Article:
Damien Hirst, ‘For the Love of God (white)’, 2011, Heather James Fine Art: Benefit Auction 2018
Damien Hirst, ‘For the Love of God (white)’, 2011, Heather James Fine Art: Benefit Auction 2018


This is a print based on the 2007 sculpture by the artist of the same name. It is a platinum skull set with diamonds including human teeth. It is one of Hirst’s most important and widely recognised works. ‘For the Love of God’ acts as a reminder that our existence on earth is transient. Hirst combined the imagery of classic memento mori with inspiration drawn from Aztec skulls and the Mexican love of decoration and attitude towards death. He explains of death: “You don’t like it, so you disguise it or you decorate it to make it look like something bearable – to such an extent that it becomes something else.” - from DamienHirst.com
Courtesy of Heather James Fine Art

Signature: Lower middle

About Damien Hirst

Damien Hirst first came to public attention in London in 1988 when he conceived and curated "Freeze," an exhibition in a disused warehouse that showed his work and that of his friends and fellow students at Goldsmiths College. In the nearly quarter of a century since that pivotal show (which would come to define the Young British Artists), Hirst has become one of the most influential artists of his generation. His groundbreaking works include The Physical Impossibility of Death in the Mind of Someone Living (1991), a shark in formaldehyde; Mother and Child Divided (1993) a four-part sculpture of a bisected cow and calf; and For the Love of God (2007), a human skull studded with 8,601 diamonds. In addition to his installations and sculptures, Hirst’s Spot paintings and Butterfly paintings have become universally recognized.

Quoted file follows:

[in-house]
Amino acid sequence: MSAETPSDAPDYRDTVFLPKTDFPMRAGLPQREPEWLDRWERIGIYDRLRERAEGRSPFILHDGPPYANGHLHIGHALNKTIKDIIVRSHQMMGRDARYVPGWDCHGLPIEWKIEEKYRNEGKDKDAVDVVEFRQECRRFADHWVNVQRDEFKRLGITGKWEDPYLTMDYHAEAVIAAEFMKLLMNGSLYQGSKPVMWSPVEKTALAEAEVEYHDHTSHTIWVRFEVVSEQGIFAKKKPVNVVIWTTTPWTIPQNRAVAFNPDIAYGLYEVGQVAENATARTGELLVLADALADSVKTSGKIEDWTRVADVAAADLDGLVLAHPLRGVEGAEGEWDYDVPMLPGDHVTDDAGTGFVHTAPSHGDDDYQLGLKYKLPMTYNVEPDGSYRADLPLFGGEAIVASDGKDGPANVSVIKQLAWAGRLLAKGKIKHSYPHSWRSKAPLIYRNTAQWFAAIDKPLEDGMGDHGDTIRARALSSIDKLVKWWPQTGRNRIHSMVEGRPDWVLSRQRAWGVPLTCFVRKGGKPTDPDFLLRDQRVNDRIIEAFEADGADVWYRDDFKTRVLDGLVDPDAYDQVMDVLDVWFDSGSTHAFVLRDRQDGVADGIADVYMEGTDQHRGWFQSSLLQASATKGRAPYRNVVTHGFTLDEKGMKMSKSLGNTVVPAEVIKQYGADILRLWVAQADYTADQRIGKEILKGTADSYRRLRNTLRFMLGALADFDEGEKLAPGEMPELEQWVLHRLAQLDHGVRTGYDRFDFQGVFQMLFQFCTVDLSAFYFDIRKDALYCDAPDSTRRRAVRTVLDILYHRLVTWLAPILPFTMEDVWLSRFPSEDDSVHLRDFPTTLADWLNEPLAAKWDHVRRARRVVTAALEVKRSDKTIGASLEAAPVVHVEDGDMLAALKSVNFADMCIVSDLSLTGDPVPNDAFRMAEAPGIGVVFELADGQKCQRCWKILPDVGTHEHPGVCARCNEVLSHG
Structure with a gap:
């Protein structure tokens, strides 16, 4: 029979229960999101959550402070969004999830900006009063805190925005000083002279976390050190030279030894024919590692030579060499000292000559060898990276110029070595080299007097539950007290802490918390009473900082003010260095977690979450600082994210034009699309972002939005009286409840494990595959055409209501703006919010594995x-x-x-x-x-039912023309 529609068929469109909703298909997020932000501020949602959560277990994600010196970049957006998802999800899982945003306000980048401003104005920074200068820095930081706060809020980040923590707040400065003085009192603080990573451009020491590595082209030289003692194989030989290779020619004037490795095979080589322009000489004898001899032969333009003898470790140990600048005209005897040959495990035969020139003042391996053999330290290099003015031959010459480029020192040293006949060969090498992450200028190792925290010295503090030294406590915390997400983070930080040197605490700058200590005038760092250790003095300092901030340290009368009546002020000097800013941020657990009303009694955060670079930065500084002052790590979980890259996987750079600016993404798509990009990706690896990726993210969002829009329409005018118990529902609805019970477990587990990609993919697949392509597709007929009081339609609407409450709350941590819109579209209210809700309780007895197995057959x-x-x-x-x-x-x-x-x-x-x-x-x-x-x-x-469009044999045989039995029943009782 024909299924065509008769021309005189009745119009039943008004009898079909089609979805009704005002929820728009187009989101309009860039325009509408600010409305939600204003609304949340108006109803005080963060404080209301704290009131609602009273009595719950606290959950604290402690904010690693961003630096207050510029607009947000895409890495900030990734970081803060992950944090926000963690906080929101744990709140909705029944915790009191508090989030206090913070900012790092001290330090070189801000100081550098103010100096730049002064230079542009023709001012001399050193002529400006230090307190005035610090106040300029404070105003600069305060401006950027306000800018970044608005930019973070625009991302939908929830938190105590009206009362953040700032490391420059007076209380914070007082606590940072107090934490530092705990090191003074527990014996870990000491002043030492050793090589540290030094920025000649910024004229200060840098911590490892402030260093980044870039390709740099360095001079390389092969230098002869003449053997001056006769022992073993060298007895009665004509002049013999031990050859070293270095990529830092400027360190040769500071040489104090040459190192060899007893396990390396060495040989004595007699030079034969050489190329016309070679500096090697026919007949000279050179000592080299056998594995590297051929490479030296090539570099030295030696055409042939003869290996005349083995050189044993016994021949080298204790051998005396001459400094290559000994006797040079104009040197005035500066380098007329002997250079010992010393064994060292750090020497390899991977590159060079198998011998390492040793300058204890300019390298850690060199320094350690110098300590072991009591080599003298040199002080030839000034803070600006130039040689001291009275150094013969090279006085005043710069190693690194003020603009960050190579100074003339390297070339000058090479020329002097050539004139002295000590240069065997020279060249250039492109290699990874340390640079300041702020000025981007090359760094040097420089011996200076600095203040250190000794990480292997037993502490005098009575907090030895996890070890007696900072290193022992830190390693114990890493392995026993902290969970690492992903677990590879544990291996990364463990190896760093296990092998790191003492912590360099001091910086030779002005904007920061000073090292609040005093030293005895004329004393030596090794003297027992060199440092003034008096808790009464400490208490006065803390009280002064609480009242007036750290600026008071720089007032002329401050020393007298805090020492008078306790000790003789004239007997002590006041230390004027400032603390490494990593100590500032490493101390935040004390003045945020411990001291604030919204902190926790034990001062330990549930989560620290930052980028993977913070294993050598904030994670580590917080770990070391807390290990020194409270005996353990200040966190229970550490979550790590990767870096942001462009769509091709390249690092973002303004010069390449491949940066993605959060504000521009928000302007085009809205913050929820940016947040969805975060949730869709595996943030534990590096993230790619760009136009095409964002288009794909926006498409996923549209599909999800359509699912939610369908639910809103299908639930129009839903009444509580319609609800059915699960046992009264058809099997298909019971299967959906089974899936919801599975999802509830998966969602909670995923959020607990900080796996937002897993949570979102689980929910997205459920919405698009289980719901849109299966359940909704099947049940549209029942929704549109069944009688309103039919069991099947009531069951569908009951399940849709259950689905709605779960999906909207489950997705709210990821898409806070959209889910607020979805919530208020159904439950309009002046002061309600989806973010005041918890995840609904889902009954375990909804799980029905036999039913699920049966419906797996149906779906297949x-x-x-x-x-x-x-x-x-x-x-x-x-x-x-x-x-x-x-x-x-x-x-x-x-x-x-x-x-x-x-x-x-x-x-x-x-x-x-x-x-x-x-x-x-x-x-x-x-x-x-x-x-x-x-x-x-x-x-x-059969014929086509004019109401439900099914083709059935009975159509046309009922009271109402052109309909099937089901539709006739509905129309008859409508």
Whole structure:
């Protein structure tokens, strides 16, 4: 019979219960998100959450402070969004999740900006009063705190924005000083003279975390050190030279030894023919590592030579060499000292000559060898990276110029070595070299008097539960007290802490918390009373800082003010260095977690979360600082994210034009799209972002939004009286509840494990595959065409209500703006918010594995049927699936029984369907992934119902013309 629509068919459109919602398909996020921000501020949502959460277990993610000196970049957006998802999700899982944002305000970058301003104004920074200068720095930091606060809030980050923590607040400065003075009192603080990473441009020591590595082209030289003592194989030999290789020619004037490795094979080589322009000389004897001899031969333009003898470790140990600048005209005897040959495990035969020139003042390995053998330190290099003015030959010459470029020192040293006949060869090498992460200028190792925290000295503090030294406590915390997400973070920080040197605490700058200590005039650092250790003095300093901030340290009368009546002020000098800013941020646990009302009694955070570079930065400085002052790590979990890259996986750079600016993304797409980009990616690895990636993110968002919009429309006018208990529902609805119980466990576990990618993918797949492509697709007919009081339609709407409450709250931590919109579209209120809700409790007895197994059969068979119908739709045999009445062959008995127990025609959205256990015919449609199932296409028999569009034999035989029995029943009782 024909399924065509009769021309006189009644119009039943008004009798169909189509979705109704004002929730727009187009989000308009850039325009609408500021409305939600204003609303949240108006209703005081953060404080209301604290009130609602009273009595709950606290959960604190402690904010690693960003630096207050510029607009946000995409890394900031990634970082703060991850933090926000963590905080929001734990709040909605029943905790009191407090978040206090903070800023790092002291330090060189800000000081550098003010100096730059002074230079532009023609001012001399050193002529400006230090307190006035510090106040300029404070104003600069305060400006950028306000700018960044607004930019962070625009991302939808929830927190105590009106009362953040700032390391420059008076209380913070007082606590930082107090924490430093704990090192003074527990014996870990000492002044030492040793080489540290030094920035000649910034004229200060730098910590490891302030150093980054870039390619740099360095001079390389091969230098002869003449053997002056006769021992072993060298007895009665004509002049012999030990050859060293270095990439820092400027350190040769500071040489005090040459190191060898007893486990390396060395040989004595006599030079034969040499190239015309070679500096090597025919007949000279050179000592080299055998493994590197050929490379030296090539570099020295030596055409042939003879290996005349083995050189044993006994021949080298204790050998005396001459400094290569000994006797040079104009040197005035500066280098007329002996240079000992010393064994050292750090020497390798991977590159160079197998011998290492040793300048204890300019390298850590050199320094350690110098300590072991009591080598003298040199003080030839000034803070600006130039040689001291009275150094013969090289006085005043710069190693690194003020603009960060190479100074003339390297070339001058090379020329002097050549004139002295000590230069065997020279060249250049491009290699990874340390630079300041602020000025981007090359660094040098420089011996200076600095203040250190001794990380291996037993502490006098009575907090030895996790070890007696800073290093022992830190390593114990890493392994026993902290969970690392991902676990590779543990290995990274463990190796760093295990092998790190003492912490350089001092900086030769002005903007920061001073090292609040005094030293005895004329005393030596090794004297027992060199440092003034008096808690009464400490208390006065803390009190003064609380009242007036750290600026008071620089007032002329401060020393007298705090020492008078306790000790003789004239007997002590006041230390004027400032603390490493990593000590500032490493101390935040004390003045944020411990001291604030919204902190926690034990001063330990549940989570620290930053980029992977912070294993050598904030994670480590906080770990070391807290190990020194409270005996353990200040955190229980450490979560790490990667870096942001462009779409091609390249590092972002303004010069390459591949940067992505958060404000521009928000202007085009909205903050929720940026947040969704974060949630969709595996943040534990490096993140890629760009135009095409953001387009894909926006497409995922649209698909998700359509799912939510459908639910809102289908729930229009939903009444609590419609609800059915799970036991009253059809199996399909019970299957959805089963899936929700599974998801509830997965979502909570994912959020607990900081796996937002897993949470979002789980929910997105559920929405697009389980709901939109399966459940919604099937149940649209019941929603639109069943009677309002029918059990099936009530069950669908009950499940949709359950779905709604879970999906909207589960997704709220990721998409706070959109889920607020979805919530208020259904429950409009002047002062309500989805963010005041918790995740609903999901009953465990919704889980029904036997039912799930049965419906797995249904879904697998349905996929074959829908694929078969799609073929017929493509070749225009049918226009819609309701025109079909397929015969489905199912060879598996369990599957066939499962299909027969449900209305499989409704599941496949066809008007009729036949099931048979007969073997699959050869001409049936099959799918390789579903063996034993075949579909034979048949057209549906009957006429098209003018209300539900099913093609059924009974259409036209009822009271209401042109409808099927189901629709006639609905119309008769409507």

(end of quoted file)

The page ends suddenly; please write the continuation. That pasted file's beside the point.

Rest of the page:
British, b. 1965, Bristol, United Kingdom, based in London, United Kingdom